DaleReeck wrote:Its almost like they came up with a clever title for the episode, then tried to build a story around that title. And shooting Token was pretty severe, even for Cartman. Its funny watching Cartman be reprehensible, but even for Cartman, there's a line that can be crossed where its just not funny. .
This is a good criticism. It has no air of self-entitlement...the poster is not acting as if the creators owe him anything. I also agree with this poster. Cartman shooting people is ridiculous. He's not likeable at all when he pulls sh*t like that.
I think their problem recently is relying too much on parodies and not making the parodies make sense without knowledge of the material. I haven't seen World War Z, either.
Let it be known that even when South Park makes a bad episode, the creators are doing you a favor. They are entertaining you for thirty minutes. It's so lame when people say "I just wasted 30 minutes of my precious time watching this CRAPPY episode!!!" Oh please. 30 minutes is nothing. It's not even 0.0001% of your life.
You're doing them absolutely no favors and never did anything for them. Please remember this.
"I'm going to kill you one day Token..."
I enjoyed some of the comedy but for reasons I've mentioned could not get many of the references.
Highlights for me from this episode were:
*"Fist bump bro"
*Les Miserables reference
*Cartman mentioning that black people "invented rock and roll" at the beginning (I really loved that mention, as a fan of much of the jazz and blues that 60s and 70s rock musicians borrowed from)
*The black zombie apocalypse in Cartman's nightmare
*"Black guy in the back"
So in my opinion, there was plenty to laugh about in this episode despite not getting the movie references. I just didn't much care for the writing or structure of the episode which I'm betting I would've understood better, had I gotten the references.
I could tell that there was no way someone who hadn't seen the movie would get the references. The oversaturation of parody and in-jokes definitely would turn a lot of people off to it.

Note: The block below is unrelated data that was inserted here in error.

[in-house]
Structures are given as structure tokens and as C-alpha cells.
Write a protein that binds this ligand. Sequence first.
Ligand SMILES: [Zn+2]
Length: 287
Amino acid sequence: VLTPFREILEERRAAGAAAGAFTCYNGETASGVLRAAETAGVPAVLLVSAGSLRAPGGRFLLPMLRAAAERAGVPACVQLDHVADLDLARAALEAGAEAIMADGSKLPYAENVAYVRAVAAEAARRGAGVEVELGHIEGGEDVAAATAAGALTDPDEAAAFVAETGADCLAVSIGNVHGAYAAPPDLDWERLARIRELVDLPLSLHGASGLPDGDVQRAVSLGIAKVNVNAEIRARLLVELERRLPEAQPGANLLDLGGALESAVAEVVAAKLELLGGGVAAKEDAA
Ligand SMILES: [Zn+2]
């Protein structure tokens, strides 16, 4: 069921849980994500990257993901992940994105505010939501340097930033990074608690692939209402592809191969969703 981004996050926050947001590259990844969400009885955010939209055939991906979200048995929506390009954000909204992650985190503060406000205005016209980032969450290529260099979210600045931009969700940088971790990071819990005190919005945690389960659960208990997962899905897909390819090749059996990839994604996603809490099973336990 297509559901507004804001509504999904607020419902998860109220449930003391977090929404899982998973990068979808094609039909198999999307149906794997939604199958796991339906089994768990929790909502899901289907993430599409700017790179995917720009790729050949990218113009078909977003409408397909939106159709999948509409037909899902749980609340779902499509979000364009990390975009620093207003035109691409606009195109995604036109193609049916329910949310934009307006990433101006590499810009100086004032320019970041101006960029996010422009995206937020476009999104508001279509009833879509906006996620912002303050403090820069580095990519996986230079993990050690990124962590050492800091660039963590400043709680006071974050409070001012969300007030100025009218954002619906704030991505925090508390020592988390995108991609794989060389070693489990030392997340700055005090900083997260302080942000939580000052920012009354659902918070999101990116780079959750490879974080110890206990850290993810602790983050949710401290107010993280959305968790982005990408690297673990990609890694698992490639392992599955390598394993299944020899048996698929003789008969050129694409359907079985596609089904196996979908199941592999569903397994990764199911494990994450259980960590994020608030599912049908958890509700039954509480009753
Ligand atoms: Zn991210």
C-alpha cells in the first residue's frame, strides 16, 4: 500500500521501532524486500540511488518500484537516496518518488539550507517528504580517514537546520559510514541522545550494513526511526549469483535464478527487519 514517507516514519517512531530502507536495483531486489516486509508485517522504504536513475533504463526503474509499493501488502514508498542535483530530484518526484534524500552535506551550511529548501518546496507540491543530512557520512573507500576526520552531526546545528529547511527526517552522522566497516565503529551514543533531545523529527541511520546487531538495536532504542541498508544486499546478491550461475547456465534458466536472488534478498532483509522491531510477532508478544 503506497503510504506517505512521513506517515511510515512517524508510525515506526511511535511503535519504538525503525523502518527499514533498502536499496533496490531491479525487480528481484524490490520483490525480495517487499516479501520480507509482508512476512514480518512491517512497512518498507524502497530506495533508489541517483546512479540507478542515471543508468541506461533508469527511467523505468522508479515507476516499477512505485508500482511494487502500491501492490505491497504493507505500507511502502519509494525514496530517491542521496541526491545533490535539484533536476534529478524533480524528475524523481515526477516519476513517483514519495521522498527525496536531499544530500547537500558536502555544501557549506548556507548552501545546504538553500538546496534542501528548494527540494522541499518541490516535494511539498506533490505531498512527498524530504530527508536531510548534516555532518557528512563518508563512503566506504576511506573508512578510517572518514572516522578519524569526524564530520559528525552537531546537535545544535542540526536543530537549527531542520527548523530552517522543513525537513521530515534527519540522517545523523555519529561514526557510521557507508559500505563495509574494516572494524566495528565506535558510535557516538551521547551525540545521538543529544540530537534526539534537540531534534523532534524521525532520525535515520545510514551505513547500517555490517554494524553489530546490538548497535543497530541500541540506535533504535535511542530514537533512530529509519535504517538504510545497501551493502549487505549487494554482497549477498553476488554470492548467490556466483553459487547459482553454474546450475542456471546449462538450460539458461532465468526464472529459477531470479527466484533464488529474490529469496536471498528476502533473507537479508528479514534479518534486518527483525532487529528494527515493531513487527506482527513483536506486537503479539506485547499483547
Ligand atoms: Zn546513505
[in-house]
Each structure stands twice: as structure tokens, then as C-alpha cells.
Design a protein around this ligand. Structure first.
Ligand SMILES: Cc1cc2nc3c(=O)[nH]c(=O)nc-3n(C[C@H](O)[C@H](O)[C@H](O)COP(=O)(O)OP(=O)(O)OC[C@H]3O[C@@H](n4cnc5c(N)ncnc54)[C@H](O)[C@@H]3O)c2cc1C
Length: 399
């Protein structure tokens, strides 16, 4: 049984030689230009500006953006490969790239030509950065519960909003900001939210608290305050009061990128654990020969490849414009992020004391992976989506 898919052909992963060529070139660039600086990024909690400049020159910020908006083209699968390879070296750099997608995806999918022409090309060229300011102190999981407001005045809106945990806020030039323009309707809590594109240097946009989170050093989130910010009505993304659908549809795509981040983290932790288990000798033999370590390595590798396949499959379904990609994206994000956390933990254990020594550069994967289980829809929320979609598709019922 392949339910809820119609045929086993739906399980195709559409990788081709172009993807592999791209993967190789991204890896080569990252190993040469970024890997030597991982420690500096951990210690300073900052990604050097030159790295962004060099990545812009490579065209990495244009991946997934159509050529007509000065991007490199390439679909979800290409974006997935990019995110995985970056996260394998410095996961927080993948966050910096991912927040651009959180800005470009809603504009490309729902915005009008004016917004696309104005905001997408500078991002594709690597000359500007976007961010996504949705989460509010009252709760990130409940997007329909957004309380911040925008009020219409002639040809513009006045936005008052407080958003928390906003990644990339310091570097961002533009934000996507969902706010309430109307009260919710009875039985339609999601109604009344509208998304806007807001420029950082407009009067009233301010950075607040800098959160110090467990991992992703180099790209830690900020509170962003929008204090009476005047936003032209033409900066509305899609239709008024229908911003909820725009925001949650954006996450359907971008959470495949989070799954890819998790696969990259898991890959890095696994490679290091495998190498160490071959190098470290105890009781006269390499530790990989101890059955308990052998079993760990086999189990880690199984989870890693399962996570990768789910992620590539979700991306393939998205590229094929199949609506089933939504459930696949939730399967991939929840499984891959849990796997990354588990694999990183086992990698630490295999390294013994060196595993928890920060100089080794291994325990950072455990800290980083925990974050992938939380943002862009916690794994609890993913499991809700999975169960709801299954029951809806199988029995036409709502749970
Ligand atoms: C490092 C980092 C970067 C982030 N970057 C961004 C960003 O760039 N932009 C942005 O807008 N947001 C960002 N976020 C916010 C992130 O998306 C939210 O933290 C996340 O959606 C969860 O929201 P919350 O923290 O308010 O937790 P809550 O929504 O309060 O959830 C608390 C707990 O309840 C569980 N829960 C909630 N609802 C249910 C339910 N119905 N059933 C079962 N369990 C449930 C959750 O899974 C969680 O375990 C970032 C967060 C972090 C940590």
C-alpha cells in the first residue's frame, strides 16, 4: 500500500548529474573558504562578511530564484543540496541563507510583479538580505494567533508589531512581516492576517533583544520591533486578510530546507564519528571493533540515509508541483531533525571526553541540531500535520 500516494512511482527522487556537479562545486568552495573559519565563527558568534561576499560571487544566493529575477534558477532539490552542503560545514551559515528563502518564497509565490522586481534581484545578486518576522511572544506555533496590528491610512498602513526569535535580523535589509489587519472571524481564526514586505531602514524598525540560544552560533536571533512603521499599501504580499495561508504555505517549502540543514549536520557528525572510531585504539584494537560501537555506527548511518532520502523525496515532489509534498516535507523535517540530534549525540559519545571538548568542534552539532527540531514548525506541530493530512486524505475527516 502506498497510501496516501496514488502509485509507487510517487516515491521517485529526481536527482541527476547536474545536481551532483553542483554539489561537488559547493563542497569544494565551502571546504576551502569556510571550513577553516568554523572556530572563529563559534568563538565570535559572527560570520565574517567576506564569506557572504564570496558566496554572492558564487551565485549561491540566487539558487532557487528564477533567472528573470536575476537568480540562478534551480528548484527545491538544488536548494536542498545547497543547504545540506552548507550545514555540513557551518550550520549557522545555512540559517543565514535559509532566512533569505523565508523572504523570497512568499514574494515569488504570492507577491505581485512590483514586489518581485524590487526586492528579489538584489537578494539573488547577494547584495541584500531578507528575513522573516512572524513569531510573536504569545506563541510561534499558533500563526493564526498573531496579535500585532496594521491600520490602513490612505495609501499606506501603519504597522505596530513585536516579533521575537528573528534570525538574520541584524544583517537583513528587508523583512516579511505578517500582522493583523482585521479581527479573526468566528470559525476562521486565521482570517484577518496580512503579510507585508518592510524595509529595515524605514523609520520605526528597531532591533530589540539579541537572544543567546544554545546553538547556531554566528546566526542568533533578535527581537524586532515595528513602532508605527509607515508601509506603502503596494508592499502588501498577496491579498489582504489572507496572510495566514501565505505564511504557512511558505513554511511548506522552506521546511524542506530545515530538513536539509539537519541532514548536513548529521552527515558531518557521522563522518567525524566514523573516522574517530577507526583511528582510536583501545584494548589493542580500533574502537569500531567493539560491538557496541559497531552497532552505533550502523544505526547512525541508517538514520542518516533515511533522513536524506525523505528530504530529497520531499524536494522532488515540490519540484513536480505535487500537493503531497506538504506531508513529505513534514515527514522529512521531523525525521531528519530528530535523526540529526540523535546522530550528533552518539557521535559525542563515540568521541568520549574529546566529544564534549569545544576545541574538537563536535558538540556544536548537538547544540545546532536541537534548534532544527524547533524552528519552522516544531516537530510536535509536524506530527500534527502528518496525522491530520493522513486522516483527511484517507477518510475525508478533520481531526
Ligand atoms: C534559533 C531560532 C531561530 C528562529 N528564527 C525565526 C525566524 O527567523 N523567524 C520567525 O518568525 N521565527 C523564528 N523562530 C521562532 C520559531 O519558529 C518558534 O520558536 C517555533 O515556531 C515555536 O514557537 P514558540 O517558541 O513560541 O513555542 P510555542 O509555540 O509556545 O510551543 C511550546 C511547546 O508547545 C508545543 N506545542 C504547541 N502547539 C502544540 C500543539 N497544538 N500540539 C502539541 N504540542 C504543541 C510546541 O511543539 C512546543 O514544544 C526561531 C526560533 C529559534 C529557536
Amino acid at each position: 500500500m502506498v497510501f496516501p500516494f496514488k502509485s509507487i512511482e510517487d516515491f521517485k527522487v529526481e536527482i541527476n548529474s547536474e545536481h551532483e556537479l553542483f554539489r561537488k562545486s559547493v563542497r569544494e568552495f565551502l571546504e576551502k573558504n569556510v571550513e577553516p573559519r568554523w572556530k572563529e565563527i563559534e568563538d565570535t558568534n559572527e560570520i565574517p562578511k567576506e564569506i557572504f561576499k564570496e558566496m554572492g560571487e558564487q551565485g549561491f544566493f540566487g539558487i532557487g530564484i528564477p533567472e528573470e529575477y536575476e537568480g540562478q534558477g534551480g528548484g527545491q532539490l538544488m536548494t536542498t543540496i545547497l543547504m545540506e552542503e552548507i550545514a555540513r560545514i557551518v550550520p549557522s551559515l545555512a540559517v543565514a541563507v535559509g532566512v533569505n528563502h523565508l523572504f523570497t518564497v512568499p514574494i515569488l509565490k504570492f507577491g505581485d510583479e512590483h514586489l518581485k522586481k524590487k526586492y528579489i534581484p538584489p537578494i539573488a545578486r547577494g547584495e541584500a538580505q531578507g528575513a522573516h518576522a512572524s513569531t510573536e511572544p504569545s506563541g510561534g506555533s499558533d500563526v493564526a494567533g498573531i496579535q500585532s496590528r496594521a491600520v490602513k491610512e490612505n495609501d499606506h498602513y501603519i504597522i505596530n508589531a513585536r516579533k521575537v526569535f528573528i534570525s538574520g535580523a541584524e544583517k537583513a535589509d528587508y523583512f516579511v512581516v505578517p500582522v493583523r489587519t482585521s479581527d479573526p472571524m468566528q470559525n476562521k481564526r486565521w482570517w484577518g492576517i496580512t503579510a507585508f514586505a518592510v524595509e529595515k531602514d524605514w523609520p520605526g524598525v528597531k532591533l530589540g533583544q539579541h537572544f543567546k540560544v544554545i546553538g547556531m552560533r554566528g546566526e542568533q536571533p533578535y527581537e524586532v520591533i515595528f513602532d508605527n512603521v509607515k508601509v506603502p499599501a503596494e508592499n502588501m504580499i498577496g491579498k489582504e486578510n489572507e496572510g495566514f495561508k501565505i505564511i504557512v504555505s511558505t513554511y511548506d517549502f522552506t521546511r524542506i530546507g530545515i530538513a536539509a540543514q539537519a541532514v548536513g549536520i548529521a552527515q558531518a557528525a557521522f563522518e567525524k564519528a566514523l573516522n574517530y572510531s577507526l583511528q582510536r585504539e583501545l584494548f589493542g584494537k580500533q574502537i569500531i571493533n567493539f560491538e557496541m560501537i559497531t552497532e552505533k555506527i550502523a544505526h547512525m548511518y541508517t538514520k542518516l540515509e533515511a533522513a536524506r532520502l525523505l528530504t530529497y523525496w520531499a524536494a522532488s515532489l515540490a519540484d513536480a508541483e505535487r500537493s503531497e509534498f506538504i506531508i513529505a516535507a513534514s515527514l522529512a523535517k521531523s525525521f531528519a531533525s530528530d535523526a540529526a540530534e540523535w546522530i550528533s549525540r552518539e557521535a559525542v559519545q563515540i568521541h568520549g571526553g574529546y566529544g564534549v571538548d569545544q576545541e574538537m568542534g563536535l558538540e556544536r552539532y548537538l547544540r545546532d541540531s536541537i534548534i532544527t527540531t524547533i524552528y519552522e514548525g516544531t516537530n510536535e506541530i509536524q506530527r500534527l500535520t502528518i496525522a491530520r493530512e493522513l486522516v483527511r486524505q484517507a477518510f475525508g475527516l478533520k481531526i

It's like a bad skit at an anime convention masquerade, where the actors forgot that not everyone in the audience has seen the show, played the game, read the books, etc. that their skit is based off of, and instead used so many references and in-jokes that anyone who's not in the fandom cannot even tell what it's about.
I'd give it a 6.5/10. Pretty forgetable episode, even though I understood all of the WWZ references.
() o_o ()
...|__|----> this is Kyle
98% of teens have one of these 98% statistics in their signatures, copy and paste if you're in the 2% that doesn't...hey, wait a minute...
1. It relies too heavily on a movie reference. This CAN work, but it rarely does. People who haven't seen the movie are alienated, plus it ages faster than other episodes with original plots. This isn't dooming, but when coupled with...
2. ...a current event plot, it becomes disastrous. It's ironic that M&T expressed hesitation to do things so "passe" like having Cartman rig the Special Olympics, yet they have been doing high-profile current event episodes like clockwork.
3. It's shocking to see M&T completely on the wrong side of the issue for once. The presentation of the evidence and the GZ trial is something I'd expect to see in Family Guy, not South Park. Especially with the emphasis on the stand your ground law to make GZ seem like the aggressor - anybody who gets their news outside of Jon Stewart could easily tell you that GZ waived the stand your ground defense before the trial started and it had 0% influence in the actual legal proceedings. But at this point it's beating a dead horse.
4. It just wasn't funny. Structurally, it didn't make any sense. As another poster said, it seems like they came up with the name of the episode before the story.
BRMBug wrote:Good god. That Michael Buble song comes up on the music system at work all the time, and I can't not hear Cartman singing it now.
Same as when California Love still comes on the radio i still think of the scene from Night of the living homeless
Cartman: Line? Lines! I HATE LINES!!!
I swear, these days you can't have any negative interactions with people who happen to be "of color" without being flagged a racist by the hypocritical-ass "social justice" movement.
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